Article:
Liberal arts colleges are trying hard to attract minority students and faculty. But what happens when they get on campus? Host Michel Martin talks to the dean and chief diversity officer of Middlebury College, Shirley Collado, and her former student Sheyenne Brown, about initiatives to make schools more inclusive for people of color.
Originally published on Thu March 7, 2013 10:52 am
Update at 12:45 p.m. ET. One Measure Approved So Far:
"The Senate Judiciary Committee approved legislation Thursday making gun trafficking a federal crime as lawmakers cast the first vote in Congress to curb firearms since December's horrific shootings at a Connecticut elementary school," The Associated Press writes.
A federal judge in Michigan could rule as soon as Thursday on a challenge to the state's ban on same-sex marriage and civil unions. The challenge comes as the U.S. Supreme Court is set to hear two cases dealing with gay marriage later this month.
In the Michigan case, a lesbian couple sued not because they want to be married, but because they want to be parents.
When President Obama signs an updated version of the Violence Against Women Act on Thursday afternoon, the law will include new requirements for how colleges and universities handle allegations of sexual assault.
Laura Dunn, who's been invited by the White House to attend, plans to be there.
Bacon and bologna are hardly health food. But a huge new study offers the strongest evidence yet that eating processed meat boosts the risk of the two big killers, cancer and heart disease.
A multinational group of scientists tracked the health and eating habits of bacon-loving Brits, wurst-munching Germans, jamon aficionados in Spain, as well as residents of seven other European countries — almost a half-million people in all.
The House has approved a bill to fund the federal government through the end of September. The $982 billion continuing resolution introduced by Rep. Harold Rogers (R-KY), who heads the Appropriations Committee, would avoid a potential government shutdown on March 27.
Republican Sens. John McCain of Arizona, Lindsey Graham of South Carolina and Kelly Ayotte of New Hampshire at the Capitol last month. The senators are among a group invited to dine Wednesday with President Obama.
President Obama recently acknowledged the obvious: He doesn't have the supernatural powers necessary to do a mind meld, Jedi or otherwise, with Republican congressional leaders that would lead to pacts on fiscal policy or anything else for that matter.
But if he doesn't have the power to force meetings of the minds with his Republican opponents, he can at least still get meetings with them.
Popping up on the president's schedule all of a sudden was a Wednesday night dinner at a Washington, D.C., hotel with a group of GOP senators.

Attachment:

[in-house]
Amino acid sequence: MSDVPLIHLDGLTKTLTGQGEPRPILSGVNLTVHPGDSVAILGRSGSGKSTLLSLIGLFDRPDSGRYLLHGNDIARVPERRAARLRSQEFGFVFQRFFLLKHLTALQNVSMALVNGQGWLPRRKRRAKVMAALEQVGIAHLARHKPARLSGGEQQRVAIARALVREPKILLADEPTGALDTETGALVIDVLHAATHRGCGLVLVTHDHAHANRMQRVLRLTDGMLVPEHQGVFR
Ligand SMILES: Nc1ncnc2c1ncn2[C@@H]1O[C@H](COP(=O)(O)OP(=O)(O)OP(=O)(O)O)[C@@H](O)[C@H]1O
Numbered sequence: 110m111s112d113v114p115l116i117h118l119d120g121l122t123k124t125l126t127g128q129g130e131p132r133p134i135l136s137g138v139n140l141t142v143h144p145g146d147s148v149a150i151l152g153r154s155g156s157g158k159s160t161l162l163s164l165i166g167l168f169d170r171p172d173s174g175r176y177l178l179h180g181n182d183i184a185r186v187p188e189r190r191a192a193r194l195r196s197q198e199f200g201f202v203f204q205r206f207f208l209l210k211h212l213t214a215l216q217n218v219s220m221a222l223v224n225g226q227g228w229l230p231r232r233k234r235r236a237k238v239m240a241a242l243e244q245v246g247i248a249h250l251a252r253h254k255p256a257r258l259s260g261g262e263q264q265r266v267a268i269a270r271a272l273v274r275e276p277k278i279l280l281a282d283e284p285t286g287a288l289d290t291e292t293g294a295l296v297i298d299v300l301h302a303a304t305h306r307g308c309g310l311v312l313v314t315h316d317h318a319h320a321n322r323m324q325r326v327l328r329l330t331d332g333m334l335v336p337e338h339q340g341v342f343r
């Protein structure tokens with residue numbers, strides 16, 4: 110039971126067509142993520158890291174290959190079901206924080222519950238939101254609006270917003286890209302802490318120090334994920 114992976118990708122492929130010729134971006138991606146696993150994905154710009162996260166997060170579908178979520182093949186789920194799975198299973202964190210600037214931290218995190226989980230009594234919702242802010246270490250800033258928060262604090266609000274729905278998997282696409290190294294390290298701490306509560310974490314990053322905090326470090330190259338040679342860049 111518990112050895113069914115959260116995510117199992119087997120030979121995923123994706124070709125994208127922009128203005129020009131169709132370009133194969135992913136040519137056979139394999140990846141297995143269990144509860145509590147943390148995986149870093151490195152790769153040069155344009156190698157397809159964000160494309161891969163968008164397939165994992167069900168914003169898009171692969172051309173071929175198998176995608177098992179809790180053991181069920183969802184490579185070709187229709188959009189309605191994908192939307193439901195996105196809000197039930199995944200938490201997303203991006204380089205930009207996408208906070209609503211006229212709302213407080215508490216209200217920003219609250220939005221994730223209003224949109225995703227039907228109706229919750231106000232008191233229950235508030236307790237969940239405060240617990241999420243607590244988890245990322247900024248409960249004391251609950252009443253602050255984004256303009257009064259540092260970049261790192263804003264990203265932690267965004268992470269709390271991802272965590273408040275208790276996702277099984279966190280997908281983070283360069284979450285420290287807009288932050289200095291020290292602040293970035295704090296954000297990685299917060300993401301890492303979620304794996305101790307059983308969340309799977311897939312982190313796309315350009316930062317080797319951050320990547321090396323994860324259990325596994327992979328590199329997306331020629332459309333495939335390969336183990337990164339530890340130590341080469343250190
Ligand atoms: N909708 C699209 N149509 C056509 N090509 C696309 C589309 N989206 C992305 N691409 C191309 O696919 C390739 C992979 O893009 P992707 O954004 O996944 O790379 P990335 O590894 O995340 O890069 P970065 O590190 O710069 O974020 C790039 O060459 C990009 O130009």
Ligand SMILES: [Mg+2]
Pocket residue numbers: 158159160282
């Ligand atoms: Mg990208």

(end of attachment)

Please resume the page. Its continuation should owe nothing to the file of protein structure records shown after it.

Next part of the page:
Medical marijuana on display at the grand opening of the Northwest Cannabis Market's Seattle location in February. While recreational pot use is now legal in Washington, the state has not yet issued rules governing the industry.
Attorney General Eric Holder appeared before the Senate Judiciary Committee on Wednesday to answer questions on everything from gun control to the Department of Justice's failure to prosecute Wall Street. But he was also asked about an issue proponents of marijuana legalization have been following closely: what the DOJ plans to do about Colorado and Washington state, which have defied federal law by legalizing recreational use of the drug.
CLAUDIO SANCHEZ, BYLINE: This is Claudio Sanchez in Washington, D.C. By mid-afternoon, some parts of west and northern Virginia had gotten a foot of snow. Washington, D.C. was expecting at least half that, so area airports cancelled more than a thousand flights. Schools closed. So did federal and local government offices. Things look bad.
CHRIS VACCARO: This is certainly a significant storm and a dangerous storm.
SANCHEZ: That's Chris Vaccaro with the National Weather Service.
This is ALL THINGS CONSIDERED from NPR News. I'm Melissa Block.
AUDIE CORNISH, HOST:
And I'm Audie Cornish. Today in Arkansas, the country's most restricted ban on abortion survived a veto challenge. The Arkansas House voted to override the Governor's veto. The new law bans most abortions after 12 weeks of pregnancy. NPR's Kathy Lohr has this story.
In the nation's capitol, that Snowquester, the storm we mentioned, has mostly been rain so far. But across the country a blanket of freshly fallen snow, some of it more than a foot deep, now extends from the Dakotas to the Eastern Seaboard. Thousands of flights have been cancelled and nearly 200,000 homes and businesses in the Mid-Atlantic region lost power. We have two reports, starting in Chicago with NPR's David Schaper.